There are degrees of danger, slight, great and imminent. To constitute contributory negligence in the plaintiff, after having been told by the conductor to get off, the danger must be not only apparent but great — more chances •against a safe exit than there are in favor of it.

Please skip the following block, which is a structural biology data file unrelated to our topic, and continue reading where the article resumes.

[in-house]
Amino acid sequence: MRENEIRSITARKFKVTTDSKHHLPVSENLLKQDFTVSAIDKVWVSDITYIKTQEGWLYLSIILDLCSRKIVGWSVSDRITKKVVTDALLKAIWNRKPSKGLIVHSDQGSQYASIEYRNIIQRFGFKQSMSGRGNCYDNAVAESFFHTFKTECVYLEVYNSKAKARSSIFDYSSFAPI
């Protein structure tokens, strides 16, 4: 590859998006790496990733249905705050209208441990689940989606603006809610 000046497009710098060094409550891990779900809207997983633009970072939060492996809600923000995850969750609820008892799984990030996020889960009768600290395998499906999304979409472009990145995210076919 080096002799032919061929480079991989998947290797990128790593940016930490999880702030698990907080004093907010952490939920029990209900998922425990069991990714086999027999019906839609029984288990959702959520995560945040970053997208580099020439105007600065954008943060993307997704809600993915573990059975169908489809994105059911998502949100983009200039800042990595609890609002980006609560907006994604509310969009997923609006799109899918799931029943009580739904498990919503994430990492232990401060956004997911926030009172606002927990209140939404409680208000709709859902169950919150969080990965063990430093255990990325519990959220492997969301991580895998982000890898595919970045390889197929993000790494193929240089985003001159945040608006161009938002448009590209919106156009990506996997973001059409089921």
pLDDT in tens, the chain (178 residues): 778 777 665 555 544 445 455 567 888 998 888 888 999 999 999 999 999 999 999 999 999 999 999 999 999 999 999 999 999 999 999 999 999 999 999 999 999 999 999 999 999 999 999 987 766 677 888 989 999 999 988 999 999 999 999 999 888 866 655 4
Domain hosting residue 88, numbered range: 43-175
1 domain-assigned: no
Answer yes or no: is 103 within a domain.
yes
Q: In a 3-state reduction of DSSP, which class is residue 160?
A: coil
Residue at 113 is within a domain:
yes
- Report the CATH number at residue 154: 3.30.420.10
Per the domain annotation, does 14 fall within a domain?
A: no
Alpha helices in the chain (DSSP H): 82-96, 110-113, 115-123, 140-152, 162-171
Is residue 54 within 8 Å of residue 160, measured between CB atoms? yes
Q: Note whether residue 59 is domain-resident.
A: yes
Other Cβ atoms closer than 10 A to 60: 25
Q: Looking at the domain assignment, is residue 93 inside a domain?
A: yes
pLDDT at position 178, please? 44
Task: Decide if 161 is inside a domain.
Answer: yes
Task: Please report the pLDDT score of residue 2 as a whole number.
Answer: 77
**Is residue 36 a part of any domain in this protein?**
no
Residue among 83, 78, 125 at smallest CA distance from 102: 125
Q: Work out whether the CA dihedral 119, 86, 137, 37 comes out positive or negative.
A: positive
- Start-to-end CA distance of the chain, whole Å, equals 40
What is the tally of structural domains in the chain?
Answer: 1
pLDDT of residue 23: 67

In Lambeth v. Railroad, 66 N. C., 494, the plaintiff’s *1053intestate was. killed by jumping off defendant’s train while moving at a rate of from 2 to 4 miles an hour. And the question was whether this was contributory negligence, which the court answered as follows: “ Ordinary-care in this case is that degree of care which may have-been reasonably expected from a sensible person in 'the-situation of the intestate. He had a right to expect that defendant had employed a skillful and prudent- conductor,, who would not expose passengers to dangerous risks, and-who had experience and knowledge in his business sufficient to correctly advise and direct passengers as to the proper time and manner of alighting safely from the train., _If the intestate, without any direction from the conductor, voluntarily incurred danger by jumping off the-train while in motion, the plaintiff is not entitled to-recover. If the motion of the train was so slow that the danger of jumping off would not be apparent to a reasonable person, and the intestate acted under instructions of' the manager of this train, then the resulting injury was. not caused by contributory negligence or a want of ordinary care.” This case was decided by this Court a quarter of a century ago, in which a rule so just and so reasonable-is declared that we have no hesitation in applying it to-the case now under consideration, and it fully sustains the position that plaintiff was not guilty of contributory negligence. Watkins v. Railroad, 116 N. C., 961, and Burgin v. Railroad, 115 N. C., 673, are to the same effect.